Developer Jim Stanton is preparing a condo project in Downtown East, near the Vikings stadium under construction.
Jim Stanton, one of the most prolific housing developers in the city, says he’s ready to build his second postrecession condominium project — and he’s heading to the east side of downtown again.
Stanton recently bought a quarter of a city block in the Elliot Park neighborhood, near the Downtown East development and new Vikings stadium that are both under construction. Those projects weren’t the only catalysts for his, Stanton said.
“It didn’t play into my decision, but it won’t hurt,” he said Thursday. “Downtown East has finally come alive.”
His preliminary plans call for a tower of approximately 15 floors and up to 110 units. The site, at the corner of 8th Street and Portland Avenue S., is a weed-strewn lot next to the Sexton Lofts, a warehouse building that was converted to living spaces during the worst of the housing crash.
Stanton hopes to start construction this fall but has yet to submit plans to city and neighborhood groups.
His proposal comes in the midst of a record building boom in Minneapolis. By the end of the year, nearly $2 billion in building permits are expected to be issued, including permits for a $1 billion-plus Vikings stadium and the Downtown East project, which is a pair of office towers for Wells Fargo, apartments and a new park. Kraus-Anderson is planning an 80,000-square-foot, four-story headquarters, also in the east part of downtown.
Rare condominium project
Meanwhile, across the city, thousands of rental apartments are under construction, mostly in the North Loop, Central Business District and Uptown neighborhoods.
But new housing, and especially for-sale housing, has been relatively rare in the Elliot Park area, where more than 85 percent of the households are renters.
“I know the neighborhood would welcome” a condominium project, said Lynn Regnier, executive director of Elliot Park Neighborhood Inc.
Stanton’s would be only the third condominium project in downtown since the 2008 recession and the first near Elliot Park since then. Stanton earlier this year opened Stonebridge Lofts, also on the east side of downtown near the Guthrie Theater.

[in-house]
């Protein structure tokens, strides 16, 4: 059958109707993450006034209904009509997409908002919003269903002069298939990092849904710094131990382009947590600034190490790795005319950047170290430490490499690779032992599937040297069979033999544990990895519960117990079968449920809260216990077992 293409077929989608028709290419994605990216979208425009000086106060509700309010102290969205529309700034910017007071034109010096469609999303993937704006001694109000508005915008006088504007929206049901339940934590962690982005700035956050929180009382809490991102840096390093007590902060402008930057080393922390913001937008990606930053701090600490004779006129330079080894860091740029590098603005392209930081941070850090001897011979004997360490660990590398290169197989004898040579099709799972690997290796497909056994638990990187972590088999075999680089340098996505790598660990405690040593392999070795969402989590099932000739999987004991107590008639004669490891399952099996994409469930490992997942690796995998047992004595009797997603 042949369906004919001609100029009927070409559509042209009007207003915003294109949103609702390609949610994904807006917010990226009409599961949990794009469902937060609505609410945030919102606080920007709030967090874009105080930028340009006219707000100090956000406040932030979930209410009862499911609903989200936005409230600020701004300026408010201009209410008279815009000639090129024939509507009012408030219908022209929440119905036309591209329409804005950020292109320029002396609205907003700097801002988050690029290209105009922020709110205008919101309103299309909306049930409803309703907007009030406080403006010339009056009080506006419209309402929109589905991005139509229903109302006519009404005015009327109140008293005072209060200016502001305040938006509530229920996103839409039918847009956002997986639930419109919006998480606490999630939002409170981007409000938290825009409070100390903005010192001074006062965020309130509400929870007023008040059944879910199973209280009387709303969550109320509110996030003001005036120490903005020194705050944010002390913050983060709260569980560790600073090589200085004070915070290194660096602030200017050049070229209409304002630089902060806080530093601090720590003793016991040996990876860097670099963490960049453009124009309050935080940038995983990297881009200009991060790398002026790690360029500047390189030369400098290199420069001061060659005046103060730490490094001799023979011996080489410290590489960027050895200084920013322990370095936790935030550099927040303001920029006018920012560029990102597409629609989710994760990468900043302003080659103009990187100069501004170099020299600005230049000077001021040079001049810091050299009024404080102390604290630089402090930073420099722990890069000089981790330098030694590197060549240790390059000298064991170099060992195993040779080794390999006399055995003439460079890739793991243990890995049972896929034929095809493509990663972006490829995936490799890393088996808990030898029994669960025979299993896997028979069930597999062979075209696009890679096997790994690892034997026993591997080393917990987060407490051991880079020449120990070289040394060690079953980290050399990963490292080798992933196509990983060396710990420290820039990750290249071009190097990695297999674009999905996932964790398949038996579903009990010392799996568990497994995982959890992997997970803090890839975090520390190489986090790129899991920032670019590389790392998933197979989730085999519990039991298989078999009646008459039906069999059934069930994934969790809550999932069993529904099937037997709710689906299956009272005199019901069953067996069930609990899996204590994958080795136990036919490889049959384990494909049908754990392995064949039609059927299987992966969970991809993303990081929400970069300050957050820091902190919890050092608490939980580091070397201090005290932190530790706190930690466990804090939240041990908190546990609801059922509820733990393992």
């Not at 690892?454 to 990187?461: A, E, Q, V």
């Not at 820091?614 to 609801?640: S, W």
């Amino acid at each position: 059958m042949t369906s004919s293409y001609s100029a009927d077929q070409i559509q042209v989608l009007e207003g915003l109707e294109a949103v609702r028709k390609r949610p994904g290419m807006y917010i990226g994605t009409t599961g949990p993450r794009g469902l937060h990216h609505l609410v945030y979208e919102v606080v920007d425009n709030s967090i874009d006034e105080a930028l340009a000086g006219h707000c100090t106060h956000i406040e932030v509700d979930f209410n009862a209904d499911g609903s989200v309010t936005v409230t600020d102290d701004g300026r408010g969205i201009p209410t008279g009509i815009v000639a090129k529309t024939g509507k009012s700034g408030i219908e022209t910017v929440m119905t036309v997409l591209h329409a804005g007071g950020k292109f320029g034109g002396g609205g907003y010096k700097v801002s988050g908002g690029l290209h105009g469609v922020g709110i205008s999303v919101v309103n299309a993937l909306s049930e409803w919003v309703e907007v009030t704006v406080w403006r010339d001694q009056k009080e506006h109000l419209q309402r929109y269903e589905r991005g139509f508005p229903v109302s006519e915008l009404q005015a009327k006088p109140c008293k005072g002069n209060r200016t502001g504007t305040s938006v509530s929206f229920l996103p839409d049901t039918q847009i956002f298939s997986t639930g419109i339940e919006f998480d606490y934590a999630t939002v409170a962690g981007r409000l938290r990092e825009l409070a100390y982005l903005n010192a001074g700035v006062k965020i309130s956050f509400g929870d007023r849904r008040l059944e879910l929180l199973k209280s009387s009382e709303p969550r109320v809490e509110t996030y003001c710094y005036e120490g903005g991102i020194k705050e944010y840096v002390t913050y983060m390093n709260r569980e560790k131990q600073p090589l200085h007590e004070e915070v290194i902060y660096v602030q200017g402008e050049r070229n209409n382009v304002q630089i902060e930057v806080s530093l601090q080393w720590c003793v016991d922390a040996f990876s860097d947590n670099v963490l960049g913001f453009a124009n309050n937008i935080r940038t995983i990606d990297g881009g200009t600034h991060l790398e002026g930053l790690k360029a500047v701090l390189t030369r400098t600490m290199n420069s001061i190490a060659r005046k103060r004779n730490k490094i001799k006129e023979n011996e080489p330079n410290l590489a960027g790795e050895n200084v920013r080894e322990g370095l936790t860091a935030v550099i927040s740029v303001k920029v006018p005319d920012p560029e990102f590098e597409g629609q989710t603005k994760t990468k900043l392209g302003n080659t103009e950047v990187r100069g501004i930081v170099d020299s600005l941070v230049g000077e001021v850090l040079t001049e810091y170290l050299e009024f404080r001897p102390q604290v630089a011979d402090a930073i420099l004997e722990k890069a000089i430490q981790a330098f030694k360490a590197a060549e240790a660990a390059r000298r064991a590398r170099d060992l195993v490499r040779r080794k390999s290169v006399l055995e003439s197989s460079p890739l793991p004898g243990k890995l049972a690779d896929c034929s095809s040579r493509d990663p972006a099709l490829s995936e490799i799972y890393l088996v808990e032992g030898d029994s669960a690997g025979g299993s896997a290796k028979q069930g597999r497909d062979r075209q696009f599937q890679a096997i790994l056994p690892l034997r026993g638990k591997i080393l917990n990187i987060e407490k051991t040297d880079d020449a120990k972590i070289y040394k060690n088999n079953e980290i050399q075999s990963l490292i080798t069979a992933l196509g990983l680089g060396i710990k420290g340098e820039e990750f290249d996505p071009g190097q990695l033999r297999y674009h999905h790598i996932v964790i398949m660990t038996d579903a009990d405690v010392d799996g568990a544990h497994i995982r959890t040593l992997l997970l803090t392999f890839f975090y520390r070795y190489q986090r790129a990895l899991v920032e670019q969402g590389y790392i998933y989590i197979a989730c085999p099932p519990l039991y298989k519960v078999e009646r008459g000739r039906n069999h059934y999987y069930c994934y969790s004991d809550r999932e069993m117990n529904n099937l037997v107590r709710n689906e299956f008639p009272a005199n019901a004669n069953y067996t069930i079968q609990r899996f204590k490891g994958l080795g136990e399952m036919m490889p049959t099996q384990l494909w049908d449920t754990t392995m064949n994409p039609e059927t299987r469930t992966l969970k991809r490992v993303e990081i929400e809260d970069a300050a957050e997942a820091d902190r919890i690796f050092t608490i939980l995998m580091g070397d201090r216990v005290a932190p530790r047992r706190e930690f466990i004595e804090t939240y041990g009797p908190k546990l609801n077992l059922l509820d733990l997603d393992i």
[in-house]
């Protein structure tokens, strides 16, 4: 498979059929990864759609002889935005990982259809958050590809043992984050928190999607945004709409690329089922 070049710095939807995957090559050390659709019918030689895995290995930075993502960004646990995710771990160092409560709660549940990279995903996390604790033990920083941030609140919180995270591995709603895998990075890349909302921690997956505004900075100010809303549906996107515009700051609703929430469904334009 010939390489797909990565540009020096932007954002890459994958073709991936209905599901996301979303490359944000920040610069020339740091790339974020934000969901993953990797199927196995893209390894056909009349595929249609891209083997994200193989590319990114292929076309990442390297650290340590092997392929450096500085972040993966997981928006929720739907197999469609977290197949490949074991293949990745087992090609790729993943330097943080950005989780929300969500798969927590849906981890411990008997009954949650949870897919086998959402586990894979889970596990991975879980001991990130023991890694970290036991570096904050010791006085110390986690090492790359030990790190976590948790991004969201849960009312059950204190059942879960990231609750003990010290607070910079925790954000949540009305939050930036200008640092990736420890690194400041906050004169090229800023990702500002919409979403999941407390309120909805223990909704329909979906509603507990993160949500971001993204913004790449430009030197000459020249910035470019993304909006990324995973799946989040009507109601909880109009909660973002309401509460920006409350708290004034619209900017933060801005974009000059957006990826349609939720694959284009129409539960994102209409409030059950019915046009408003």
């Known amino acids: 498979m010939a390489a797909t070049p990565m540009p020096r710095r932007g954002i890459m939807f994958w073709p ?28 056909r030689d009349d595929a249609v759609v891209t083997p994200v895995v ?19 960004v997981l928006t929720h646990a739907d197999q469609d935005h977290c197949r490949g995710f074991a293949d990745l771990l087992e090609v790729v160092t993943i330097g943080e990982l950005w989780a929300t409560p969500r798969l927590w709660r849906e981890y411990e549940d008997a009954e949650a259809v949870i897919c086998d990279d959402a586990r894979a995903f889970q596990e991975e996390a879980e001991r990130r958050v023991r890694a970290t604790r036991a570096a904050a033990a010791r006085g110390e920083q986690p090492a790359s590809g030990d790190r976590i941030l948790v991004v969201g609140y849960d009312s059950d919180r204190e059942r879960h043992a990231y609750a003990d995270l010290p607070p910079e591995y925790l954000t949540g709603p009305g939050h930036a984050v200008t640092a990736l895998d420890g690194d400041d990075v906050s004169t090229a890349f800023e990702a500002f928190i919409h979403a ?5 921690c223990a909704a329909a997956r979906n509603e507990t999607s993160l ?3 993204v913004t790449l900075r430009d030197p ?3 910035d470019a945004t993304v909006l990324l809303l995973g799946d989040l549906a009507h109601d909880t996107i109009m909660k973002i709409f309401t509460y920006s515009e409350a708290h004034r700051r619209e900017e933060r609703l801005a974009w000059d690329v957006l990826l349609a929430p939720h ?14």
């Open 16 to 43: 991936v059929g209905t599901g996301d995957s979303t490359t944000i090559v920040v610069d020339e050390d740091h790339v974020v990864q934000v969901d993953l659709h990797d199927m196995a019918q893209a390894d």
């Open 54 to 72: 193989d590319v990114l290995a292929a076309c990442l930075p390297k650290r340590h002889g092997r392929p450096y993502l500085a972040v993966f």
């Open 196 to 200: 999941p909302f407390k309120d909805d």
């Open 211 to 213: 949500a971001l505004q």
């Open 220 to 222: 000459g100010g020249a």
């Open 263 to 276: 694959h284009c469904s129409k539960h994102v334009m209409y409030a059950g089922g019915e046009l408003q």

Today, the Minneapolis condo market is shaped by a lack of new supply and an increase in demand. There are now fewer than 200 condominiums on the market in downtown, and just across the northeast side of the Mississippi River, according to the Minneapolis Area Association of Realtors. At the current sales pace, that’s enough supply to last just 2.4 months.
“Demand is off the charts,” said Cindy Froid, who has a real estate office just a few blocks away from the site of Stanton’s new project. “There’s just not enough inventory to go around.”
Historically, Elliot Park hasn’t been popular with housing developers. It’s several blocks from the river and the central business district, so the key to attracting buyers is keeping the prices competitive, agents say.
At the beginning of the housing boom, a local development team built a high-rise luxury condo tower called Grant Park that sold quickly. Later, a Chicago developer built another high-rise condo building called Skyscape, which didn’t sell as well.
“If anyone can do it, Jim can,” said Joe Grunnet, broker with the Downtown Resource Group, which marketed the final phase of the Sexton Lofts. “This project will be unique compared to his past successful projects that are in A-plus locations. Jim has a formula that he has perfected over the past 10 years, it will be fun to see what he does with more of a high-rise condo building.”
An early iteration of Stanton’s plans by Oertel Architects, which designed several of his previous condo buildings, calls for below-grade parking that would be available via a property agreement with some Sexton owners. The main entrance to the building would be along Portland and there would be a lobby, exercise room and some retail space at street level.
The next few floors would be clad with metal panels that would conceal resident parking, and the remainder of the post-tension concrete building is rendered in red brick and glass. There would be about 10 units on each floor of the L-shaped building with balconies in each. Outdoor amenities include a green roof deck with a fire pit on the north corner of the parking garage.